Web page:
As the North Sea’s offshore oil & gas sector continues to see its revenues grow, a number of industry challenges could see it enter choppy waters. James Pozzi take a look.
The offshore oil & gas sector, an industry that accounted for 866,000 barrels of oil produced daily from the North Sea in 2013, is often cited for its wealth creation.
Just two years ago, the University of Aberdeen estimated oil production in Scottish waters represented about 96% of total North Sea production, while accounting for 47% of Scottish gas production.
The industry was an essential tool in the political campaigning of both sides of the Scottish referendum, showing that black gold remains one of the world’s most valuable and powerful entities.
But the seabed in which the oil is extracted could find itself beneath choppy waters, with a series of forecasts predicting less prosperous times on the horizon. While revenues continue to rise, actual profits fall.
The Wood Review, published earlier this year and led by oil & gas business leader Sir Ian Wood, dissected the challenges and opportunities facing the UK’s energy industries. In the government commissioned review, Sir Ian warned the offshore oil & gas sector could have just 15 years left before depleting North Sea oil reserves began to hit jobs and the economy.
This was in contrast to the figures espoused by the Scottish National Party during the referendum, which predicted a further 24bn barrels were left in the North Sea, a figure Sir Ian put at 45% to 65% too high. These gloomy forecasts were accompanied by the Office for Budget Responsibility (OBR) stating in its July 2014 Fiscal Sustainability Report that North Sea oil and gas could produce £20bn less in revenue than originally forecast over the next three decades.
Inefficiencies and skills challenges
One of the key drivers of the decrease is the perceived inefficiencies in the supply chain. According to audit firm EY, which published its UK upstream oil & gas supply chain economic contribution report in April, the offshore supply chain is worth £35bn annually.
Vice-president at Hitachi Consulting David Delvin, whose firm advises on oil & gas supply chains, believes companies operating in the North Sea need to re-evaluate their ways of operating.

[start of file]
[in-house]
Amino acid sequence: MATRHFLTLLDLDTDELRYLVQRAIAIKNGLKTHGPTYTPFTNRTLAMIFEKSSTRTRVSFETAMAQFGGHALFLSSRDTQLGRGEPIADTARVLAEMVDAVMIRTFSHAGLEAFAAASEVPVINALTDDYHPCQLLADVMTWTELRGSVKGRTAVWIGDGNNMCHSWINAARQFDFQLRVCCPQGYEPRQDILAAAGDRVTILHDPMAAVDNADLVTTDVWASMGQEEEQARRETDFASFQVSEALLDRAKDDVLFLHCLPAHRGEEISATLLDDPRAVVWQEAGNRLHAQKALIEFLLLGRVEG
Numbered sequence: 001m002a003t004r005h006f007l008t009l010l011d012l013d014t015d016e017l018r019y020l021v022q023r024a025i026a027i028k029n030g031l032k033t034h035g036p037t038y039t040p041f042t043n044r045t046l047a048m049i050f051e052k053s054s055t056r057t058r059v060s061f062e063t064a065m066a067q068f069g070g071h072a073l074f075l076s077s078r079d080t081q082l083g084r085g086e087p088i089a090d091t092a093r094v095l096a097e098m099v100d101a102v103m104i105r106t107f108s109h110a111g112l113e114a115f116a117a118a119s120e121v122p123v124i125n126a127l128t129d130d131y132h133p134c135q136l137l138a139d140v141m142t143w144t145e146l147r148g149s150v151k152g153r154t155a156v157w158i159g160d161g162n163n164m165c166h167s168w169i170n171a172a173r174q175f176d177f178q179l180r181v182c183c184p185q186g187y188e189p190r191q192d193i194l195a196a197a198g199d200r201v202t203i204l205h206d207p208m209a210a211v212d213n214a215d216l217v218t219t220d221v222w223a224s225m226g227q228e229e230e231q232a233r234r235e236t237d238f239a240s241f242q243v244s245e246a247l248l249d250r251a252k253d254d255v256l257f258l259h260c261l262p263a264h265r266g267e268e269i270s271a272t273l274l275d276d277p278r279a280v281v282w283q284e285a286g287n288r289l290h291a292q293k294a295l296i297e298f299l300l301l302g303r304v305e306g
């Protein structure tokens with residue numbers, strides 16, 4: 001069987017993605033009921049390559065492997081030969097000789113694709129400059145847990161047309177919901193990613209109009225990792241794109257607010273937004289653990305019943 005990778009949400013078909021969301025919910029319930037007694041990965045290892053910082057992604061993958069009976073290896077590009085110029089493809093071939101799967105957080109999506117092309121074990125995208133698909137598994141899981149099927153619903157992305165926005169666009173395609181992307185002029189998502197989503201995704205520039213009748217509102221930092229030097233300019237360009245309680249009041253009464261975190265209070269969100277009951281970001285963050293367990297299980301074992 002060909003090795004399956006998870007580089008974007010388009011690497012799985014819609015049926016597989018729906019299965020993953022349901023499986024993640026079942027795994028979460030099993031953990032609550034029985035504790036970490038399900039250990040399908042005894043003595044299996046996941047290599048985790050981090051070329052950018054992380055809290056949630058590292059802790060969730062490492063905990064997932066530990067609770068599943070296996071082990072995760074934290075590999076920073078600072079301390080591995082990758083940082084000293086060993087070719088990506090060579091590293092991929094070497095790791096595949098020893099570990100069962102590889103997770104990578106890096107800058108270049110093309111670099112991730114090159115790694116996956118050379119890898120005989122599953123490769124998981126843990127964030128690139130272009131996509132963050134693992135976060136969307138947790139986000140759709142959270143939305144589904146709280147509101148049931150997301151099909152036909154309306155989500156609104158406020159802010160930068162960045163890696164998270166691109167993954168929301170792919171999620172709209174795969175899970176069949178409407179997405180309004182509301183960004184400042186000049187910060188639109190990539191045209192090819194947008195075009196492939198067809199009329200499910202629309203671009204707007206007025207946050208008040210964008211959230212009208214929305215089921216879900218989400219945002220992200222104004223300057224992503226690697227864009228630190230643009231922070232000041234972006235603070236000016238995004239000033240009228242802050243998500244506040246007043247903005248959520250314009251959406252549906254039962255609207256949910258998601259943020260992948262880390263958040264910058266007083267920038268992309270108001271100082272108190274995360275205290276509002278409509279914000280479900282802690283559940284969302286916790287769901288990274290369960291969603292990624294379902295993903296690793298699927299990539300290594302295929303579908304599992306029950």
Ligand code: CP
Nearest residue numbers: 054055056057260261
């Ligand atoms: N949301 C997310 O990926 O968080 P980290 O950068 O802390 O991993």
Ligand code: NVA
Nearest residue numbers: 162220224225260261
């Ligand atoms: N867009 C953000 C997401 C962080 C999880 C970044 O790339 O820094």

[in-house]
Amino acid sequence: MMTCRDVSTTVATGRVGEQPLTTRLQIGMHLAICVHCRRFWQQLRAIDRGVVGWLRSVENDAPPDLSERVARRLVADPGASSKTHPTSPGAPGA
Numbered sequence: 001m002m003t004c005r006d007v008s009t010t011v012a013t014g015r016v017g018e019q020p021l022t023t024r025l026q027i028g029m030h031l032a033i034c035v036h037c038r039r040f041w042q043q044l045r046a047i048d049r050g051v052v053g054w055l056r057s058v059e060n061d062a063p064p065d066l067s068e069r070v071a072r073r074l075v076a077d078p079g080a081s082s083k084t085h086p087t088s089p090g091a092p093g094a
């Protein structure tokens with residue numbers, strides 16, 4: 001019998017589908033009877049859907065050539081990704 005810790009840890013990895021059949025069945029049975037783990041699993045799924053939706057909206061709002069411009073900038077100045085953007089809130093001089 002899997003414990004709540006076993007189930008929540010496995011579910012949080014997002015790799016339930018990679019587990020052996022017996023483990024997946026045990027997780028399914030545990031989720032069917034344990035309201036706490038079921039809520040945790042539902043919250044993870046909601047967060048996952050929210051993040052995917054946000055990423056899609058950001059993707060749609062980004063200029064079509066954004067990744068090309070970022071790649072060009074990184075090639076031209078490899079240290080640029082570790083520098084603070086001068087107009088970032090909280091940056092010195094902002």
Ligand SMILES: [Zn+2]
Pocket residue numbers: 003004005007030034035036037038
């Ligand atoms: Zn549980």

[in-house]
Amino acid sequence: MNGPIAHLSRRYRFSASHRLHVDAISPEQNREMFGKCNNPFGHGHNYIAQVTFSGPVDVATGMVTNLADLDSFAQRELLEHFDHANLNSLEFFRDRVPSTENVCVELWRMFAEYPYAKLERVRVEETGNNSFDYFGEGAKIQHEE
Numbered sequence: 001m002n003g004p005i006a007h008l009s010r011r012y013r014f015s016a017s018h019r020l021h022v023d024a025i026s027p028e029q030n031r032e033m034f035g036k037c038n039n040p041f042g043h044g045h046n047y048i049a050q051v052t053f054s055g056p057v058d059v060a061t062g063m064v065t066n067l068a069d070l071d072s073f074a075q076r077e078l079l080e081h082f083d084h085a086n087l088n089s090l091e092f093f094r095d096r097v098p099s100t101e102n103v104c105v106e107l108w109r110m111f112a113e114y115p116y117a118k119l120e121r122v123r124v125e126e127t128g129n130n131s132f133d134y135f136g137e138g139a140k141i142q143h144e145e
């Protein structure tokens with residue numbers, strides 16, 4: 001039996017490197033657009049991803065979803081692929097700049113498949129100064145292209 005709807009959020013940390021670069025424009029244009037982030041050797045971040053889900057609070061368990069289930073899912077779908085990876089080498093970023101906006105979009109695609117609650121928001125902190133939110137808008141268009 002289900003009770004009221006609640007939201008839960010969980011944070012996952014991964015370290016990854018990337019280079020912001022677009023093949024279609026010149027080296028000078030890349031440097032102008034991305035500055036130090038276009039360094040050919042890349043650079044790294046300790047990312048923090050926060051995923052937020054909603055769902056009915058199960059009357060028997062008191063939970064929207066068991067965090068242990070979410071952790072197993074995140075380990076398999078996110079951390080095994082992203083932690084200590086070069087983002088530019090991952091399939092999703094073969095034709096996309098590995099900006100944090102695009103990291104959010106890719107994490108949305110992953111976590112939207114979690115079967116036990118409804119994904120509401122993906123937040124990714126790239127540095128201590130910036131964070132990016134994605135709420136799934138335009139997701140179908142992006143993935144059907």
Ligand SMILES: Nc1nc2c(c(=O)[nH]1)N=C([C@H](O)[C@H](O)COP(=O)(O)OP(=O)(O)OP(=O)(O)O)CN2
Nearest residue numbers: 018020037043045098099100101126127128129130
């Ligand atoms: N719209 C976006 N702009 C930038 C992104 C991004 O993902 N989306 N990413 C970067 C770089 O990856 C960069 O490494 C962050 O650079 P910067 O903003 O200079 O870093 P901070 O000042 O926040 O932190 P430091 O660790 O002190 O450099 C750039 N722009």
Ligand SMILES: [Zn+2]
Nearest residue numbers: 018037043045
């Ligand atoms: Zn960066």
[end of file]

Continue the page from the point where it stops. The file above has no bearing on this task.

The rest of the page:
“The success of the UK oil and gas supply chain should not be undermined but, looking to the future, significant changes must be made to both process and behaviour for this industry to remain world-class in a competitive global economy,” he says.
He cites the fact that the UK supply chain, which accounted for 42% of turnover in 2012 from exporting services, needs to ensure sustainability by reducing costs in an increasingly global market awash with cheaper foreign options against a backdrop of increased competition and limited collaboration.
“Collaboration is certainly not uncommon in the oil and gas sector,” Delvin explains. “However, further collaborative opportunities such as sharing exploration rigs, field cluster developments, exploration and drilling projects, sharing of critical spares and technology innovations need to be considered as a way of reducing costs within the industry.”
Concern also lies in industry skills and oil & gas having the unflattering distinction of a workforce average age of 41 years old. While skill shortages are nothing new to any industry, the demand for talent has seen an almost unprecedented rise in average earnings.
Tellingly, 35% of companies questioned in a 2013 Oilandgaspeople.com survey believed the shortage had been caused by insufficient investment in apprenticeships because of an assumption that North Sea Oil was in decline.
But while the figures hint a sense of desperation, it could yet prove effective. Trade body Oil & Gas UK stated in its 2014 UK Offshore Workforce Demographics Report the total number of people travelling offshore has increased by 8.6% compared to 2012.
Additionally, offshore workers in the 24-29 age group recorded the highest percentage growth at 14.7%, bringing the industry average age down by a year.
Scotland’s world leading role
Concern over natural reserves has led to notions of supplies running out within the next 50 years. But if the unthinkable were to happen, Nick Shields, director of the Scottish Manufacturing Advisory Service (SMAS), believes Scotland’s expertise in extracting resources could be applied to other operations across the world.
“Certainly in having developed a leading capability in extracting resources from difficult environments such as the sub sea, Scotland can export that knowledge and be seen as a global centre for that capability,” he says.
“If resources start to deplete in the North Sea, then it’s still a centre of excellence for extraction; whether it’s off the coast of Brazil or Indonesia or wherever, people will know that the products, technology and skills to extract these resources come from Scotland.”
But as extraction becomes increasingly difficult, the calls for more investment and innovation has also shown signs of life. One of this year’s most notable breakthroughs was from Edinburgh’s Heriot-Watt University developing a new technique aimed at adding decades to the lifespan of oil reserves in the North Sea.
The technique, called a low-salinity water injection, would see a reduction in the salt levels in sea water that is already injected into reservoirs. Professor Mehran Sohrabi, the centre’s director, called for more investment in the industry to explore new innovations.
“At least half of the original oil still remains in the North Sea reservoirs but there are great challenges in extracting it using enhanced oil recovery techniques,” he said.
“These include limited platform space and large well spacing, making extraction too expensive to pursue. This is a massive leap forward, especially in an offshore setting. The process is relatively inexpensive, meaning the costs for EOR could fall dramatically while yields could rise.”